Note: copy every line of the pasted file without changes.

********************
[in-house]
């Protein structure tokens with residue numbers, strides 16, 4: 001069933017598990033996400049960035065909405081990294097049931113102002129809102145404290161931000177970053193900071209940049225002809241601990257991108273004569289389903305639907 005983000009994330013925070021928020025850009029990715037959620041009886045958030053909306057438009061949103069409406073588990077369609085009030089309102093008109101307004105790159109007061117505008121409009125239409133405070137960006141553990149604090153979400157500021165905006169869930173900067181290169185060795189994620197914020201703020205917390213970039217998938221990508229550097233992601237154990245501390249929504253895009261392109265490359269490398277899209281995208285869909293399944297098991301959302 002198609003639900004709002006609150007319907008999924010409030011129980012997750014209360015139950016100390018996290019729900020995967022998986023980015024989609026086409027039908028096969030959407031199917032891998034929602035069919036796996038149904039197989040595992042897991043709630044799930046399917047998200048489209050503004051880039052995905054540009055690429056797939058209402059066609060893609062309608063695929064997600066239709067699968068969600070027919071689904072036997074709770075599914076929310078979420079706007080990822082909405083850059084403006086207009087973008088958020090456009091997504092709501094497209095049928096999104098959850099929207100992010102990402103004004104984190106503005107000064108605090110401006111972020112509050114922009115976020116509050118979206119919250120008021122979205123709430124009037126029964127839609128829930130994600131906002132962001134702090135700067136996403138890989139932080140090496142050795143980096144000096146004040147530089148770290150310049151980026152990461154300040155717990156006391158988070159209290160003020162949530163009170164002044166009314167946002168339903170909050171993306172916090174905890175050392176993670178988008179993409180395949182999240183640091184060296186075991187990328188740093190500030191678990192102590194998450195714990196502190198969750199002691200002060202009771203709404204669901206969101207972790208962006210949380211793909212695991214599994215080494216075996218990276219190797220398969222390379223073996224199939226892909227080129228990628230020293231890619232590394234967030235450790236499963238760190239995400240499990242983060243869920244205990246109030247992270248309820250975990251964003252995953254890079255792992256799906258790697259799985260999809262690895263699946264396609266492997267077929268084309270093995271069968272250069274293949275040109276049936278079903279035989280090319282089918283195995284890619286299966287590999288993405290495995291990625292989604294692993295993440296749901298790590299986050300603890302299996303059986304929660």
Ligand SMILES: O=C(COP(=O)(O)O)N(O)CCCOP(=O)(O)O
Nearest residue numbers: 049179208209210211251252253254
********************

[in-house]
């Protein structure tokens with residue numbers, strides 16, 4: 001069933017598990033996400049960035065909405081990294097049931113102002129809102145404290161931000177970053193900071209940049225002809241601990257991108273004569289389903305639907 005983000009994330013925070021928020025850009029990715037959620041009886045958030053909306057438009061949103069409406073588990077369609085009030089309102093008109101307004105790159109007061117505008121409009125239409133405070137960006141553990149604090153979400157500021165905006169869930173900067181290169185060795189994620197914020201703020205917390213970039217998938221990508229550097233992601237154990245501390249929504253895009261392109265490359269490398277899209281995208285869909293399944297098991301959302 002198609003639900004709002006609150007319907008999924010409030011129980012997750014209360015139950016100390018996290019729900020995967022998986023980015024989609026086409027039908028096969030959407031199917032891998034929602035069919036796996038149904039197989040595992042897991043709630044799930046399917047998200048489209050503004051880039052995905054540009055690429056797939058209402059066609060893609062309608063695929064997600066239709067699968068969600070027919071689904072036997074709770075599914076929310078979420079706007080990822082909405083850059084403006086207009087973008088958020090456009091997504092709501094497209095049928096999104098959850099929207100992010102990402103004004104984190106503005107000064108605090110401006111972020112509050114922009115976020116509050118979206119919250120008021122979205123709430124009037126029964127839609128829930130994600131906002132962001134702090135700067136996403138890989139932080140090496142050795143980096144000096146004040147530089148770290150310049151980026152990461154300040155717990156006391158988070159209290160003020162949530163009170164002044166009314167946002168339903170909050171993306172916090174905890175050392176993670178988008179993409180395949182999240183640091184060296186075991187990328188740093190500030191678990192102590194998450195714990196502190198969750199002691200002060202009771203709404204669901206969101207972790208962006210949380211793909212695991214599994215080494216075996218990276219190797220398969222390379223073996224199939226892909227080129228990628230020293231890619232590394234967030235450790236499963238760190239995400240499990242983060243869920244205990246109030247992270248309820250975990251964003252995953254890079255792992256799906258790697259799985260999809262690895263699946264396609266492997267077929268084309270093995271069968272250069274293949275040109276049936278079903279035989280090319282089918283195995284890619286299966287590999288993405290495995291990625292989604294692993295993440296749901298790590299986050300603890302299996303059986304929660």
Ligand SMILES: O=C(COP(=O)(O)O)N(O)CCCOP(=O)(O)O
Nearest residue numbers: 049179208209210211251252253254